Investing for Retirement

Fred Wilson wrote a few weeks ago about how he invests his money (more here). I thought I would do the same.

A huge chunk of our net worth is tied up in the Kepha funds.

For the rest, I follow the Yale endowment model, but adjusted for retail investors. Specifically I follow the recommendations of David Swensen the person who heads the endowment.

I had him as a professor in college. I’m sure he won’t remember me. I have read two of his books. One of them offers financial advice for the everyday investor (click here).

Basically, he argues that the individual investor cannot duplicate what the Yale endowment has done. You simply don’t have the sophistication or access to certain managers. So, he recommends that people invest in index funds. He also offers a particular asset allocation approach (click here for a good article on him and his recommendations).

His approach is meant to give both upside and downside protection. He recommends cheap index funds, as active mutual funds do not beat the market over time when adjusted for fees. Every quarter, you rebalance to get to the same percentages. This forces you to sell the asset classes going up and buy the ones going down. So, buy low, sell high.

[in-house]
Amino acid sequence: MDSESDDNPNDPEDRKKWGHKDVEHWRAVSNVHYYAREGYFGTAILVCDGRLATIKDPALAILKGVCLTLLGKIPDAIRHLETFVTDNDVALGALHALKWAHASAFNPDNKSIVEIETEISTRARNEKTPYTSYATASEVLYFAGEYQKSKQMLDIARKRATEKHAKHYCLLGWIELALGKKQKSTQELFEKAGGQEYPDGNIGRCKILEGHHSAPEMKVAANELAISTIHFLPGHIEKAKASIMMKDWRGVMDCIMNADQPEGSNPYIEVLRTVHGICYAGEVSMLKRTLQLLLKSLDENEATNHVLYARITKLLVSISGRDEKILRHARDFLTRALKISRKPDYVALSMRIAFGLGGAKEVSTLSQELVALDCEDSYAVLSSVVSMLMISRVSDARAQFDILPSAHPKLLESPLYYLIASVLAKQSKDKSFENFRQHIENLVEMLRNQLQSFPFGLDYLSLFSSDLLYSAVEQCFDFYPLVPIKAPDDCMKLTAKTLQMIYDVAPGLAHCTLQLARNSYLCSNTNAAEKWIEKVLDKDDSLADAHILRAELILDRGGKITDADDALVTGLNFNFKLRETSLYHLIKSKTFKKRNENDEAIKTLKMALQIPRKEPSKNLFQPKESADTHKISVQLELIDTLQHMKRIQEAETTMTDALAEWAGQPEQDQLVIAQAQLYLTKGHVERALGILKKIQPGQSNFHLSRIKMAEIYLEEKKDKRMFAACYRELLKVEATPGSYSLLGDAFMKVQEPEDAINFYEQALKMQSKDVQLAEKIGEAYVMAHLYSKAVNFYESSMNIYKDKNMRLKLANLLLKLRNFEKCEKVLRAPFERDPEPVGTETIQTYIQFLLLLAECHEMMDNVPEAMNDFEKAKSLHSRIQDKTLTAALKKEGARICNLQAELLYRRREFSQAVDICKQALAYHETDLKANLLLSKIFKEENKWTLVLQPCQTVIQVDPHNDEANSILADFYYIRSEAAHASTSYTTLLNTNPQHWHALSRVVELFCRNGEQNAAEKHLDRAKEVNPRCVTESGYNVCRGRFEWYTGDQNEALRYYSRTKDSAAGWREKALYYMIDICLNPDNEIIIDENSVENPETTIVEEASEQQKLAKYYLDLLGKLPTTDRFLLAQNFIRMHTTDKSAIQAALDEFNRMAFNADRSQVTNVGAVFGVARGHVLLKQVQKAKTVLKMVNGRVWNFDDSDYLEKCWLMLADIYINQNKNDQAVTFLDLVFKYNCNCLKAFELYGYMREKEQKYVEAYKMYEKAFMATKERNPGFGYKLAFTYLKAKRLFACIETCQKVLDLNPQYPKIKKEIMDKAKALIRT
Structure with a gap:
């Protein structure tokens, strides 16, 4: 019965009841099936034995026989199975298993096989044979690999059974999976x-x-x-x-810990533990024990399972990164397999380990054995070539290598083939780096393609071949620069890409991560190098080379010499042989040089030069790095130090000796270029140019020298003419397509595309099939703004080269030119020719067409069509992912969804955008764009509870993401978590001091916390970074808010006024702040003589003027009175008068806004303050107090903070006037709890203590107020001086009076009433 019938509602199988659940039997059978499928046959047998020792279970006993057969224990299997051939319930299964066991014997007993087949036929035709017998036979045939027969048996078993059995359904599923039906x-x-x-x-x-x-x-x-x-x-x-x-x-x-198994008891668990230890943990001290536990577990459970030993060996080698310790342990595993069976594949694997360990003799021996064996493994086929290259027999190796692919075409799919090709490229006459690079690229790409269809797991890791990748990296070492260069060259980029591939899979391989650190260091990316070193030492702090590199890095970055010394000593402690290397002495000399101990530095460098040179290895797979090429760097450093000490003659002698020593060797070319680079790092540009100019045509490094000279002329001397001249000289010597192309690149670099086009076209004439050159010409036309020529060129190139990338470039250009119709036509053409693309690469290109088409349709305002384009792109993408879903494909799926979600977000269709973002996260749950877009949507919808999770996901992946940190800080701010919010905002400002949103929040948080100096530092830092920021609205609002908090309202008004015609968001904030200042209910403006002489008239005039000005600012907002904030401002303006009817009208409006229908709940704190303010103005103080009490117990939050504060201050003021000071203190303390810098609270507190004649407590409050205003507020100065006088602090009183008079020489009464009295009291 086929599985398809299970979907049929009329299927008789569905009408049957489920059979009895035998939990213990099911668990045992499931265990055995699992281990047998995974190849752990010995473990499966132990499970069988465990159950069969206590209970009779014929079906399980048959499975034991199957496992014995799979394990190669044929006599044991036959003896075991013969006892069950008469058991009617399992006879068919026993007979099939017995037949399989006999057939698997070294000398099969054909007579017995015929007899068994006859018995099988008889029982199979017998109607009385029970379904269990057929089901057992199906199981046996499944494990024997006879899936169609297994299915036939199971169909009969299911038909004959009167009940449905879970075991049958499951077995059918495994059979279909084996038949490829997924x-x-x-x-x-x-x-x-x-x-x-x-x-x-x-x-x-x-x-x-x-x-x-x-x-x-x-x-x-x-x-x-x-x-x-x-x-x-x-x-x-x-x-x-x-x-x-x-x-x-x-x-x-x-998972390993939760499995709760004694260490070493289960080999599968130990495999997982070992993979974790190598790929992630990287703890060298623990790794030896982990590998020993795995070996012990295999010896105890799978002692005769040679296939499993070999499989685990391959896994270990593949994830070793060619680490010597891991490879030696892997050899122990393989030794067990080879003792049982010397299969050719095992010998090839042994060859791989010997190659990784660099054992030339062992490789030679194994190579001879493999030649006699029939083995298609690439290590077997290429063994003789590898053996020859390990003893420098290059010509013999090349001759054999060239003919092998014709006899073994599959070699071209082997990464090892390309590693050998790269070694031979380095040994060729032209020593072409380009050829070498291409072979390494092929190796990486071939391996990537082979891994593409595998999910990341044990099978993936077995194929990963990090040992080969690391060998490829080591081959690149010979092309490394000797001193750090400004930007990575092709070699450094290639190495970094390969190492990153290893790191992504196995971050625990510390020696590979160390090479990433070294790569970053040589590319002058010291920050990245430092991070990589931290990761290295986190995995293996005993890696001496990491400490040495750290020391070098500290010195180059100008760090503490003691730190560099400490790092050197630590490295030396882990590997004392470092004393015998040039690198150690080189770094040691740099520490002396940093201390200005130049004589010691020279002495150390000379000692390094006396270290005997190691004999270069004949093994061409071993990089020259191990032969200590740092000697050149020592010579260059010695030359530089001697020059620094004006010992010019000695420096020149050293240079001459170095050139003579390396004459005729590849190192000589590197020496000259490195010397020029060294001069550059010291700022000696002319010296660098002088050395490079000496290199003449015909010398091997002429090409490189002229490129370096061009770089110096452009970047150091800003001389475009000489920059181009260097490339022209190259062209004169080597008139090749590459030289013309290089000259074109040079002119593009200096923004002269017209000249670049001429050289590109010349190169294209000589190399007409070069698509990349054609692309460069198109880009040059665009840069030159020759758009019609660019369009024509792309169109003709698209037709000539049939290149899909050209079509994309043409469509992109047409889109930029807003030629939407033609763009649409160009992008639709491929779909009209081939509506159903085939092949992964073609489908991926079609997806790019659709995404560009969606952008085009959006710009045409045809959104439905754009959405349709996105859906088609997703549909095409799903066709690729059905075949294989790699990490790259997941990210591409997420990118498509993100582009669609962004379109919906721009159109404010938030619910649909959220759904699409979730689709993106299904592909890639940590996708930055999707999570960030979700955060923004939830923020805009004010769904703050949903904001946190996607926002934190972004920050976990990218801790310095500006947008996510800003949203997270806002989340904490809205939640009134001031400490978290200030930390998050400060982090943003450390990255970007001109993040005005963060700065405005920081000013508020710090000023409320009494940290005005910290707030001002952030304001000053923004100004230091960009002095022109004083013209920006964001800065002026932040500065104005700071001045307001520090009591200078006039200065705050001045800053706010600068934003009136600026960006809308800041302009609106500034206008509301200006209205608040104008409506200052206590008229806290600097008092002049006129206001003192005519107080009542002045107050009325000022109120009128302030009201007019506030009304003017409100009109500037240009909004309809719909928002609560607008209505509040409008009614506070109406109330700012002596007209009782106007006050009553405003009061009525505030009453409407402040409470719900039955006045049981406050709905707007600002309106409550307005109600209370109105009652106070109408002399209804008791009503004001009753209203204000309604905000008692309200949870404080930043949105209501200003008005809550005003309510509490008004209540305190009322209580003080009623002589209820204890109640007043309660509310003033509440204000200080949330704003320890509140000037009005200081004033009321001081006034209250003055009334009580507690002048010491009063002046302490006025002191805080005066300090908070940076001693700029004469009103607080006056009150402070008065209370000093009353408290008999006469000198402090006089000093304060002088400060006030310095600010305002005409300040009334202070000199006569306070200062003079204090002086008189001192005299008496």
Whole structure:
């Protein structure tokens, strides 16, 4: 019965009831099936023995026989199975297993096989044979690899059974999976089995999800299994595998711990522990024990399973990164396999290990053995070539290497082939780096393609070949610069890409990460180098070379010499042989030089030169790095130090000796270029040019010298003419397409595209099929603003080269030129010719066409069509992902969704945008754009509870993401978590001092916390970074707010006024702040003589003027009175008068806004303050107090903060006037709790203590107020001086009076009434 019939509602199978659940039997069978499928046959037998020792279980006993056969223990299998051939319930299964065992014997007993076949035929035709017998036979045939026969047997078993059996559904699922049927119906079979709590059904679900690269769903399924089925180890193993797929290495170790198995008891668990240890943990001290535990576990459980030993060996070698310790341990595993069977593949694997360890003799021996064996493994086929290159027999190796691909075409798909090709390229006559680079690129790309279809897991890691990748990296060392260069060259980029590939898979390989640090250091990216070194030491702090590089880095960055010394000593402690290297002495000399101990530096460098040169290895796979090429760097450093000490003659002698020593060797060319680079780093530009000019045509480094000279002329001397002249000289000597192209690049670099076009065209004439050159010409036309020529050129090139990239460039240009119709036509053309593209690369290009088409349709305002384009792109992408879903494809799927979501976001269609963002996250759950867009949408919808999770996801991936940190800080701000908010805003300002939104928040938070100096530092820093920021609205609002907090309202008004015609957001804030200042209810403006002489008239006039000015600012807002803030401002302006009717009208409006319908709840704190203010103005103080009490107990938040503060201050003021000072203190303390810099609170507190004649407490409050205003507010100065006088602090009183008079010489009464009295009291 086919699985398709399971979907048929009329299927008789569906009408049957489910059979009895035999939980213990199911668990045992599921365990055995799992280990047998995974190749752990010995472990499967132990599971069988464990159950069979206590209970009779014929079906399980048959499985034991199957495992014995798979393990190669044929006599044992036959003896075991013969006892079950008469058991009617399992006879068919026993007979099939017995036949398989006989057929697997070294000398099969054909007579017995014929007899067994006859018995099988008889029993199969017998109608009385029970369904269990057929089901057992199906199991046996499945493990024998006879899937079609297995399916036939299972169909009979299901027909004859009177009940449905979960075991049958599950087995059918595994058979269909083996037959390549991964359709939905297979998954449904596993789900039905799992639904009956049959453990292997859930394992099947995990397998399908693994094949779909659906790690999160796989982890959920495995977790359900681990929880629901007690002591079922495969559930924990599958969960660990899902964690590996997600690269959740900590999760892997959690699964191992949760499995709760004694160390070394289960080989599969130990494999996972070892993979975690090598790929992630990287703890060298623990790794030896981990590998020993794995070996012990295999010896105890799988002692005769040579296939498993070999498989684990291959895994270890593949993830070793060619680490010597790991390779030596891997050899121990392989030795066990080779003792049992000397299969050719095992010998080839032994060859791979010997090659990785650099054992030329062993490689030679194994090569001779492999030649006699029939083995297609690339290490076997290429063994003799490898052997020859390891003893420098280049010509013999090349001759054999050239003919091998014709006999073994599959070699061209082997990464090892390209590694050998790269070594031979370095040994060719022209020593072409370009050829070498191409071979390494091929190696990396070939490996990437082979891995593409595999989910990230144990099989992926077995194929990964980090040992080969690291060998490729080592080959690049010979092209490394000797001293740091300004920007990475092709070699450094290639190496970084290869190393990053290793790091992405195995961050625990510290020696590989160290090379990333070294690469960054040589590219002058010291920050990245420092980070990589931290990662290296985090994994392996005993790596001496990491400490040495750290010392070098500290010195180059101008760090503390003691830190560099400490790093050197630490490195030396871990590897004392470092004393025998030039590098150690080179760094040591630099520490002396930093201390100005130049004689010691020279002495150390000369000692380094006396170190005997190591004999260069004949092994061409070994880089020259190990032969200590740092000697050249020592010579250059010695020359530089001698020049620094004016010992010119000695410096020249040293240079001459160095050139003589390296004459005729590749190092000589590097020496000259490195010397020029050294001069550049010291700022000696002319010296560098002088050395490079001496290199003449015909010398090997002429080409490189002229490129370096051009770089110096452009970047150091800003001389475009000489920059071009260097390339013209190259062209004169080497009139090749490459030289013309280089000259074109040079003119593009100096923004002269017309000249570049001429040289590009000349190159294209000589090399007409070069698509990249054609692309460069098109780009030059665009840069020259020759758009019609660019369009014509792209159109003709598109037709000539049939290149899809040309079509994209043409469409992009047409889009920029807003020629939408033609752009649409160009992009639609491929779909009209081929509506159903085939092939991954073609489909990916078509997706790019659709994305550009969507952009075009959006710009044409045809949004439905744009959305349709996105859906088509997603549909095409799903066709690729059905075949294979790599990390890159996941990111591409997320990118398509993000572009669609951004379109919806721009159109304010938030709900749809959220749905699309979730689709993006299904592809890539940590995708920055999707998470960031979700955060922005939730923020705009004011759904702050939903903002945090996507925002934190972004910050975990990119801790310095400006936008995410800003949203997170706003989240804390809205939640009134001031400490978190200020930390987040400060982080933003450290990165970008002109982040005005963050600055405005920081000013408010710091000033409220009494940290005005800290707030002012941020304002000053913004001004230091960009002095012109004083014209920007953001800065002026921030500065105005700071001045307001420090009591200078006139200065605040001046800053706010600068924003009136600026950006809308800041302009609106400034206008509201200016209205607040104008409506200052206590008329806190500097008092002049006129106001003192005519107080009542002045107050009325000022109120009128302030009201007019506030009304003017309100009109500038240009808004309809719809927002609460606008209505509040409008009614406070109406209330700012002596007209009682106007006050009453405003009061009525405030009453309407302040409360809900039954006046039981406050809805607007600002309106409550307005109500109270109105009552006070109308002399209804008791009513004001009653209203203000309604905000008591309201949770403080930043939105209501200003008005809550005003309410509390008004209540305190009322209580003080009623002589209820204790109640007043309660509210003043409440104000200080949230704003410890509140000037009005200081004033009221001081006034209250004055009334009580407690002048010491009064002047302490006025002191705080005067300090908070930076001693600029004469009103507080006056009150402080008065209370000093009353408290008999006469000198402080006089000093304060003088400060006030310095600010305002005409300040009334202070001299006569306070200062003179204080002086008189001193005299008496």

I’ve been following this approach for a few years. Overall, I’ve been very happy. It isn’t without risk, but the expected long term annual return is 9 pct, as shown below.

I have enough going on with my life and so this has been an easy way to manage our retirement funds.

2 thoughts on “Investing for Retirement

    1. Dave, great to hear from you.

      I was crushed in the 2008 crash like everyone else, but interestingly, the Treasury bonds rallied huge (about 20%). So, part of the model is that you invest in Treasuries to protect you from calamity.

      Since then, the portfolio has done very well. REITs and Emerging Markets did very well last year. This year, surprisingly, the US market has been strong.

      So, some ups and downs, but I’ll take 9% any day!

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